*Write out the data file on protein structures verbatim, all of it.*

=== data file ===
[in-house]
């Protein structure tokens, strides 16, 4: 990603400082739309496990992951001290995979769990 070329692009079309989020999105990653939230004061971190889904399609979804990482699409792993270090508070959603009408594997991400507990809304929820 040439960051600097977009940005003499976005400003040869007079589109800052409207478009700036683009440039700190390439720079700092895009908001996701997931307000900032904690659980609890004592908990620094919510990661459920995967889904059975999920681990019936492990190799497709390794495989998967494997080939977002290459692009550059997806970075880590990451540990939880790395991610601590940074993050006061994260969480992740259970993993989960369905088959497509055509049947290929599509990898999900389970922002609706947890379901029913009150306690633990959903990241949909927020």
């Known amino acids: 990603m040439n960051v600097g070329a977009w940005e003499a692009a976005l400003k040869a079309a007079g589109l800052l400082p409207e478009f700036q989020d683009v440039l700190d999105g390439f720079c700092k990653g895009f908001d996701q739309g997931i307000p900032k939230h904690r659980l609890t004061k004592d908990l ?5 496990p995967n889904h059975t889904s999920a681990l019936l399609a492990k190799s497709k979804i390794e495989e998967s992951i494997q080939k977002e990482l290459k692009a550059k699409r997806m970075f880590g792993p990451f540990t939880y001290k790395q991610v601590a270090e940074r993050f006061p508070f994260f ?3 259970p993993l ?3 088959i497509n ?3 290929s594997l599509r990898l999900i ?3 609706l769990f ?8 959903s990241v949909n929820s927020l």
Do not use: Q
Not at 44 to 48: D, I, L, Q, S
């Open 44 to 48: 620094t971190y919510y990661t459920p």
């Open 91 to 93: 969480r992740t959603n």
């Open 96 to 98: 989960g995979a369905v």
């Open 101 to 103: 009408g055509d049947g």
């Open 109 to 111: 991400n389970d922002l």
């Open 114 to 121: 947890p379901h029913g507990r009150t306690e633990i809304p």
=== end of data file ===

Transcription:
[in-house]
């Protein structure tokens, strides 16, 4: 990603400082739309496990992951001290995979769990 070329692009079309989020999105990653939230004061971190889904399609979804990482699409792993270090508070959603009408594997991400507990809304929820 040439960051600097977009940005003499976005400003040869007079589109800052409207478009700036683009440039700190390439720079700092895009908001996701997931307000900032904690659980609890004592908990620094919510990661459920995967889904059975999920681990019936492990190799497709390794495989998967494997080939977002290459692009550059997806970075880590990451540990939880790395991610601590940074993050006061994260969480992740259970993993989960369905088959497509055509049947290929599509990898999900389970922002609706947890379901029913009150306690633990959903990241949909927020």
């Known amino acids: 990603m040439n960051v600097g070329a977009w940005e003499a692009a976005l400003k040869a079309a007079g589109l800052l400082p409207e478009f700036q989020d683009v440039l700190d999105g390439f720079c700092k990653g895009f908001d996701q739309g997931i307000p900032k939230h904690r659980l609890t004061k004592d908990l ?5 496990p995967n889904h059975t889904s999920a681990l019936l399609a492990k190799s497709k979804i390794e495989e998967s992951i494997q080939k977002e990482l290459k692009a550059k699409r997806m970075f880590g792993p990451f540990t939880y001290k790395q991610v601590a270090e940074r993050f006061p508070f994260f ?3 259970p993993l ?3 088959i497509n ?3 290929s594997l599509r990898l999900i ?3 609706l769990f ?8 959903s990241v949909n929820s927020l």
Do not use: Q
Not at 44 to 48: D, I, L, Q, S
């Open 44 to 48: 620094t971190y919510y990661t459920p």
């Open 91 to 93: 969480r992740t959603n």
């Open 96 to 98: 989960g995979a369905v």
């Open 101 to 103: 009408g055509d049947g």
């Open 109 to 111: 991400n389970d922002l």
């Open 114 to 121: 947890p379901h029913g507990r009150t306690e633990i809304p």